British Columbia

Death linked to 'excited delirium': coroner

The death of a man who was stunned with a Taser several times during his arrest two year ago in Chilliwack was not the fault of police actions, a coroner's inquest has determined.

The death of a man who was stunned with a Taser several times during his arrest two year ago in Chilliwack was not the fault of police actions, a coroner's inquest has determined.

In his report, coroner Vincent Stancato concludes that Robert Knipstrom, 36, died from acute ecstasy intoxication and excited delirium.

A coroner's inquest into Knipstrom's death began Monday and the conclusions were released Thursday night. 

The jury has recommended police and paramedics change how they handle cases where individuals show symptoms of excited delirium, which can include paranoia, agitation, aggression and extraordinary strength. It was also recommended that police request an advanced life support team when dealing with such patients.

RCMP spokesman Sgt. Peter Thiessen welcomed the jury's findings.

"It validates in the officers' minds — it certainly validates in my mind — what was it that they were dealing with in the first instance," Thiessen said.

Rental shop takedown

The incident that led to Knipstrom's arrest took place at a Chilliwack rental shop on Nov. 19, 2007, where he had gone to return a wood chipper. After clipping another car in the parking lot, Knipstrom entered the store and began acting strangely, the inquest heard.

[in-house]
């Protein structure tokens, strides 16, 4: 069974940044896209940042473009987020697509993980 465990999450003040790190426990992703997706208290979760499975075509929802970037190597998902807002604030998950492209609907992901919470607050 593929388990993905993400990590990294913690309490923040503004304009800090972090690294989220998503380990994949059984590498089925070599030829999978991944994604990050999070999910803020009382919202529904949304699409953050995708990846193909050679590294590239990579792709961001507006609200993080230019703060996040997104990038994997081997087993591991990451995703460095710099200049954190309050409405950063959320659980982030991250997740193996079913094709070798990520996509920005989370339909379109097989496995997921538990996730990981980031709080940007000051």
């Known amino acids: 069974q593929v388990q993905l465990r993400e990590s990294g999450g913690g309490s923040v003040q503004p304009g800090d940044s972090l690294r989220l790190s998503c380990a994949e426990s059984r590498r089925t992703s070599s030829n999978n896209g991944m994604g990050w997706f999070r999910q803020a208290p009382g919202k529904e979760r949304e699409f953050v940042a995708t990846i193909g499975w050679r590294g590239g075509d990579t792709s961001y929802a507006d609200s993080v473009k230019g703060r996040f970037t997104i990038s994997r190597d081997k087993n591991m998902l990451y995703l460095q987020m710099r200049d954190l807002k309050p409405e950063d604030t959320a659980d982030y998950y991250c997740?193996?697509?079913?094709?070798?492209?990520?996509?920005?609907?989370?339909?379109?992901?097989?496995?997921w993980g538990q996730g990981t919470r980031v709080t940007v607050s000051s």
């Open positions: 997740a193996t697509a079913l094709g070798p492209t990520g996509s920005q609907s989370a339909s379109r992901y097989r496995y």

Knipstrom aggressively confronted the police officers who were called in by staff at the shop, located east of Vancouver. The inquest was told that police used pepper spray, a metal baton and finally a Taser to subdue and restrain him.

The only contradictory evidence came from a former store employee who said Knipstrom was backing away from the first police officer at the time of his arrest, while other witnesses said it was the officer who was retreating.

The same witness said he thought the officer struck Knipstrom in the head deliberately with his baton, but the officer testified any blows that hit Knipstrom's head would have glanced off his body first.

Witnesses testified that after Knipstrom was taken down he continued to thrash around on the ground and resist officers. He was eventually loaded into an ambulance face down — a violation of policy — because he refused to turn over.

Knipstrom's heart stopped beating a short time later, and while doctors managed to resuscitate him, he never recovered and died five days later in Surrey Memorial Hospital.

Death blamed on drugs and delirium

It was later determined that Knipstrom had acute levels of the illegal drug ecstasy in his system.

Excited delirium has been blamed for a number of deaths in police custody and critics have dismissed the that conclusion as a way to excuse overly aggressive police actions.

But Dr. Christine Hall, an emergency medicine specialist, said Knipstrom was a textbook example of the condition: high, strong as an ox, and impervious to pain.

Hall said the condition is real and medical understanding of it is evolving.

"The controversy and the evolution has actually occurred in other illnesses — sudden infant death syndrome for example," said Hall.

"For years and years there was a huge debate about does this exist. Is it really a syndrome? What are the symptoms? Why is it only happening that children are dying? And now we know that medical textbooks and lists of diagnoses have evolved to include that," said Hall.

(With files from The Canadian Press)